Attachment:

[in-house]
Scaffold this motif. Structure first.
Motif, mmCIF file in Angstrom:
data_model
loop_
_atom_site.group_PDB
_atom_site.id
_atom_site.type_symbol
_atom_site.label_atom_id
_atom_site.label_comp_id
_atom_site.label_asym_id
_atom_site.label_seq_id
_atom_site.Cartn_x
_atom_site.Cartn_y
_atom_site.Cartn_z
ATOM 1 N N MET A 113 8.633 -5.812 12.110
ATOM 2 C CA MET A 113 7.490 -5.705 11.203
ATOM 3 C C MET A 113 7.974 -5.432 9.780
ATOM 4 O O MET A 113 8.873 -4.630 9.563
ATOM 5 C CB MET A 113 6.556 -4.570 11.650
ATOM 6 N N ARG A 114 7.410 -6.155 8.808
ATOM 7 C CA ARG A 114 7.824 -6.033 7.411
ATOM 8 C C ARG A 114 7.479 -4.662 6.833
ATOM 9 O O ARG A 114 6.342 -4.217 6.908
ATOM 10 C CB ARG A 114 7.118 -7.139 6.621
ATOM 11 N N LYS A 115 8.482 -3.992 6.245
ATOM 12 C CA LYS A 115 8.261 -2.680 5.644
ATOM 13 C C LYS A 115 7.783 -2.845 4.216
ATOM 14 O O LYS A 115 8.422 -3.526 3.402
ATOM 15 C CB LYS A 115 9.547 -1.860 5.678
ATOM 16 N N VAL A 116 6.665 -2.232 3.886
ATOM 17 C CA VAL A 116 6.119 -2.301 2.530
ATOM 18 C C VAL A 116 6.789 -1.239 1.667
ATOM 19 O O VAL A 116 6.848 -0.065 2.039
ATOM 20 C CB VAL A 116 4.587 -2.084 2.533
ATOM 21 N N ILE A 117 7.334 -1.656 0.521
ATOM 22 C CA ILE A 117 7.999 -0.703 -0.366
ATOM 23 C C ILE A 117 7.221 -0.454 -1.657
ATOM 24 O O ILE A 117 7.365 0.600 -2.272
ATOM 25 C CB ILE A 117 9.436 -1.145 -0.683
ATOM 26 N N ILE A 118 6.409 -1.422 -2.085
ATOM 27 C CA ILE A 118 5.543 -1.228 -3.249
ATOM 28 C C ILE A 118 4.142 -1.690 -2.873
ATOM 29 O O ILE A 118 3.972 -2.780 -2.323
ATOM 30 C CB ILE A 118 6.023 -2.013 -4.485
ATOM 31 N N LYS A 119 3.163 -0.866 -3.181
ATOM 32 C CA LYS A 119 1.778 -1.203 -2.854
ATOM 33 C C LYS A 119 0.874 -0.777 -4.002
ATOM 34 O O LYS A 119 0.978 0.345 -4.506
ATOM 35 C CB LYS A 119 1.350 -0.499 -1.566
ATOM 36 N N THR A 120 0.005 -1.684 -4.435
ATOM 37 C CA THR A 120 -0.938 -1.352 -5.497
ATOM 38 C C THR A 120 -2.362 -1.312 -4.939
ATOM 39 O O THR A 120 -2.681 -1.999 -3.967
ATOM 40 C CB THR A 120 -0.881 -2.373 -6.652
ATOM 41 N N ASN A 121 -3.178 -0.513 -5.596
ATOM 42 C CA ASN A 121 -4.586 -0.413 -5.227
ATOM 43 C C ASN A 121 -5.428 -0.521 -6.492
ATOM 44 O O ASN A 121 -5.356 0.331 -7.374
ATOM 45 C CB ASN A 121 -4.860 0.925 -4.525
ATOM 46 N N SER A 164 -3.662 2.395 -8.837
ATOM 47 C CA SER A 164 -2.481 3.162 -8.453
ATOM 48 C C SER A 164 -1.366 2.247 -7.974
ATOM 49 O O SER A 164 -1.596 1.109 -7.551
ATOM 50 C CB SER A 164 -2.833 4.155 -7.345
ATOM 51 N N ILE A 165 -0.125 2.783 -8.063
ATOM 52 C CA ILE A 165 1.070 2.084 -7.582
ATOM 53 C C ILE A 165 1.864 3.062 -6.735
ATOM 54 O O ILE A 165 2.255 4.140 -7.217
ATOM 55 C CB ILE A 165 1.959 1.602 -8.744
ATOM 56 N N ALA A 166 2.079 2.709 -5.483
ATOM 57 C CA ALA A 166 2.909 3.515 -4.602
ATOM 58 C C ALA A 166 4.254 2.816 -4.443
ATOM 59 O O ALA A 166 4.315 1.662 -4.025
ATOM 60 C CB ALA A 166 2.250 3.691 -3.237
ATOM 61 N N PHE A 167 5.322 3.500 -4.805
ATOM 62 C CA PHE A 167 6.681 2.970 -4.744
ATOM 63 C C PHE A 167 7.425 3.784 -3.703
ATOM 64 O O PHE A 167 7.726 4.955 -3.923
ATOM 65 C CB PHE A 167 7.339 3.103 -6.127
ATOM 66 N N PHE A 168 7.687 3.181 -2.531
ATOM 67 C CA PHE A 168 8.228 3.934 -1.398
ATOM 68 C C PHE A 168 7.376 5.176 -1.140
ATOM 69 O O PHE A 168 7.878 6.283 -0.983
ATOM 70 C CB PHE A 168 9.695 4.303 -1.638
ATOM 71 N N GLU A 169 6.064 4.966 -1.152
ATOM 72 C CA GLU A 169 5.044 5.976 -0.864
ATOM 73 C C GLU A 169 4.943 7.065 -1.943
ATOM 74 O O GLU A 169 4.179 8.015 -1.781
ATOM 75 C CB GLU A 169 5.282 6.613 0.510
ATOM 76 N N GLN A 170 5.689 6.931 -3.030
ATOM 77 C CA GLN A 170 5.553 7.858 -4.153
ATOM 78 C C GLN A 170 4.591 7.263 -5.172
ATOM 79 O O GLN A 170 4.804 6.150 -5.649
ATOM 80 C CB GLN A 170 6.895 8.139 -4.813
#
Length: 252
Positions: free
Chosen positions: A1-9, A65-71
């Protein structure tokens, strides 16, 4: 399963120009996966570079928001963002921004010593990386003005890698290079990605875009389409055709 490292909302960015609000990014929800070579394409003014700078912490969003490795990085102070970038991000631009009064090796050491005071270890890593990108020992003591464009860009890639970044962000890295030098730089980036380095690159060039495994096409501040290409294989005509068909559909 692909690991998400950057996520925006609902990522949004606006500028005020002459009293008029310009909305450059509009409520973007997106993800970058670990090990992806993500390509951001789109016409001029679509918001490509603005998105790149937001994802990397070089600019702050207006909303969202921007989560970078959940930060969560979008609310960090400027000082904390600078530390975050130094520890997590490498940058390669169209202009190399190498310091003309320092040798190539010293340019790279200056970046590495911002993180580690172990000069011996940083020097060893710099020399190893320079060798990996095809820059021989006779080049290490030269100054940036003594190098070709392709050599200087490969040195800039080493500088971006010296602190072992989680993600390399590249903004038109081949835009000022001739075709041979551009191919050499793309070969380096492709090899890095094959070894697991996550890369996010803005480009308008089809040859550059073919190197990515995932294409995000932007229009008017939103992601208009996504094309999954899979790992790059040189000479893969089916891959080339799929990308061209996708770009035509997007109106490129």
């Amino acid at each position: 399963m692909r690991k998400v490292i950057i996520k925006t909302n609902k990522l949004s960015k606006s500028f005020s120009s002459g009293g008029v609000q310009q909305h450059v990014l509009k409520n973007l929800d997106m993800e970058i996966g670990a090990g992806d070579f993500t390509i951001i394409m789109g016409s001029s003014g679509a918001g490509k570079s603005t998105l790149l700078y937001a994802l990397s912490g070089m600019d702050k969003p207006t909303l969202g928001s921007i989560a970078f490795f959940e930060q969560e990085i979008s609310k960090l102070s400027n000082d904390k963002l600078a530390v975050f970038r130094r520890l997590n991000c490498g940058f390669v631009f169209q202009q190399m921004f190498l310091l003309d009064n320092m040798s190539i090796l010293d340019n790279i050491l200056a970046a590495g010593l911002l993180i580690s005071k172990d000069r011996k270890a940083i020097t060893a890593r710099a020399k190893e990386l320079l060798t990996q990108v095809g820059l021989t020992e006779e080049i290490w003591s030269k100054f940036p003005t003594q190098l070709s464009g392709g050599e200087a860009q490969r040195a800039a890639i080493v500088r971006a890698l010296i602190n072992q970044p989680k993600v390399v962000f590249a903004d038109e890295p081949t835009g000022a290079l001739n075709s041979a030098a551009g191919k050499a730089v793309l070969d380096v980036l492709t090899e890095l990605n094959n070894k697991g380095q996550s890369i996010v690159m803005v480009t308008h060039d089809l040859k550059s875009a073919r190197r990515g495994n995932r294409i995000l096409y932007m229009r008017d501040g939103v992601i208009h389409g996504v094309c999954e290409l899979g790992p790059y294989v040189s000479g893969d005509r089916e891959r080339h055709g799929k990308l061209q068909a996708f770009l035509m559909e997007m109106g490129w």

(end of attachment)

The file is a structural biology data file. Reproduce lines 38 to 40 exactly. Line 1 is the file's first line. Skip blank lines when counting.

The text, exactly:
ATOM 23 C C ILE A 117 7.221 -0.454 -1.657
ATOM 24 O O ILE A 117 7.365 0.600 -2.272
ATOM 25 C CB ILE A 117 9.436 -1.145 -0.683